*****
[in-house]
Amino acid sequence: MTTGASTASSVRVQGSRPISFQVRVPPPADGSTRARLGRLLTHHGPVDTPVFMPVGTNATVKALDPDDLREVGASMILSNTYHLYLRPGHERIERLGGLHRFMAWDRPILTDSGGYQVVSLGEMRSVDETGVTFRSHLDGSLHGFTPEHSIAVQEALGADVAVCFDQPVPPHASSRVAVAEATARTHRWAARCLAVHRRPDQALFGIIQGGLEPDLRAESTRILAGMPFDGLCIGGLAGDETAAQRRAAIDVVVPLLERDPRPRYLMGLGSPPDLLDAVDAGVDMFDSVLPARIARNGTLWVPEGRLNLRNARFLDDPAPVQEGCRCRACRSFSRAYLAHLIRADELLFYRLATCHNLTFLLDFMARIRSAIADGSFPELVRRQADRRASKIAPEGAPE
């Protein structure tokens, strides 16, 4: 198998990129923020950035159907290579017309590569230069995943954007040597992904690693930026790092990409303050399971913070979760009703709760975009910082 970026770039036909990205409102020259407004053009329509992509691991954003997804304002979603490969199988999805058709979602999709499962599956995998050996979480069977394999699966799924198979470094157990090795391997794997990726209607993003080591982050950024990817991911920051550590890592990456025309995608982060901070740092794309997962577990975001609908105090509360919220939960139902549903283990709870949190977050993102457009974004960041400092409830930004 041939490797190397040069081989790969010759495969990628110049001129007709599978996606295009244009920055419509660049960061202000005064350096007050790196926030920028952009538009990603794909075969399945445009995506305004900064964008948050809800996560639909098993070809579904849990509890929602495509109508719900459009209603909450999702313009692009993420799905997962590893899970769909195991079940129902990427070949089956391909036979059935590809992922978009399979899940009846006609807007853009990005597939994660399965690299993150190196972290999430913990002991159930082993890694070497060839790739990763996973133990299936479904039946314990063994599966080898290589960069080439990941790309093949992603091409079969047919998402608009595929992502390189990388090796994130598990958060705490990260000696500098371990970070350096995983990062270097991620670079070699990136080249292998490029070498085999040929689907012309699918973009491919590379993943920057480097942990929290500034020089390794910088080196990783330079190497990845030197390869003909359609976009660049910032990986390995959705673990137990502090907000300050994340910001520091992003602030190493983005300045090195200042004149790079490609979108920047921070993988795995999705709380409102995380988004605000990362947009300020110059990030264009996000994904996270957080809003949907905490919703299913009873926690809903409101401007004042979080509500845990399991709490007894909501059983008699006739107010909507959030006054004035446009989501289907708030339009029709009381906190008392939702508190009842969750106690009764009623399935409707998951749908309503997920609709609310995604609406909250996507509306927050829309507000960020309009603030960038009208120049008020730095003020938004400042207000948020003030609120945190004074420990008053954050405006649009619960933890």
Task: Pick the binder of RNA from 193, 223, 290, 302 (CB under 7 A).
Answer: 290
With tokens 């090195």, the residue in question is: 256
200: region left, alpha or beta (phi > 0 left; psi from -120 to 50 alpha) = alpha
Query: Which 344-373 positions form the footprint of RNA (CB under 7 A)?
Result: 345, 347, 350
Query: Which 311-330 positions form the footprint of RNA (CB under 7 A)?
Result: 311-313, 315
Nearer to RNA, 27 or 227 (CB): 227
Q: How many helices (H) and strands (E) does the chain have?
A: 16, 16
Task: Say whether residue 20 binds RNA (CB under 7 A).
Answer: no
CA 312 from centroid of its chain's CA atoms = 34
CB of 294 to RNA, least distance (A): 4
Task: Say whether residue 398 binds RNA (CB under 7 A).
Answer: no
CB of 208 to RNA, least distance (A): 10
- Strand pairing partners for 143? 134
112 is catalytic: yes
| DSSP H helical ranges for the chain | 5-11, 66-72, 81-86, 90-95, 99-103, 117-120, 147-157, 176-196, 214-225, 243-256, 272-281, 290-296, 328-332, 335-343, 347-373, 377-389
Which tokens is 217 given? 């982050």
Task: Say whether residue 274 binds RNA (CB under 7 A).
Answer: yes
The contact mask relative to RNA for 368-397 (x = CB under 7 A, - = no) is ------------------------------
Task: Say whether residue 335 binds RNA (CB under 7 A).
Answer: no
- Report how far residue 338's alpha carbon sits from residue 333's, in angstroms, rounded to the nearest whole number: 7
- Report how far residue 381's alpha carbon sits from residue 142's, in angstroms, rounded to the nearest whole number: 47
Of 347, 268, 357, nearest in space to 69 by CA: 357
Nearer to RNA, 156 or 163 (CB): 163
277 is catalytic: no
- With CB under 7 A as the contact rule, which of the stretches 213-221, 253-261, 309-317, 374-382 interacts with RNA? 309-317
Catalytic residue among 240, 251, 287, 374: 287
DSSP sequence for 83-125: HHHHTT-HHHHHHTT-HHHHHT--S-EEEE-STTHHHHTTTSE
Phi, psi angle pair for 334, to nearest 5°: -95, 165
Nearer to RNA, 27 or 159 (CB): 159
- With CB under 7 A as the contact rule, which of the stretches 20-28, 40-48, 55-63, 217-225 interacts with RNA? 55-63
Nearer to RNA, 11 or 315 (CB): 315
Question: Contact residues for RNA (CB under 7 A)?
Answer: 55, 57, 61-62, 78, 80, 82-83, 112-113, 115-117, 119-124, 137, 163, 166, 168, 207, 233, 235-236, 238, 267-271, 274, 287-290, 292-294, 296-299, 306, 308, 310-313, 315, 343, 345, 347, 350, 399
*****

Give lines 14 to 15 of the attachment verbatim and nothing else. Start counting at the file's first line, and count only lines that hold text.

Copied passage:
A: 16, 16
Task: Say whether residue 20 binds RNA (CB under 7 A).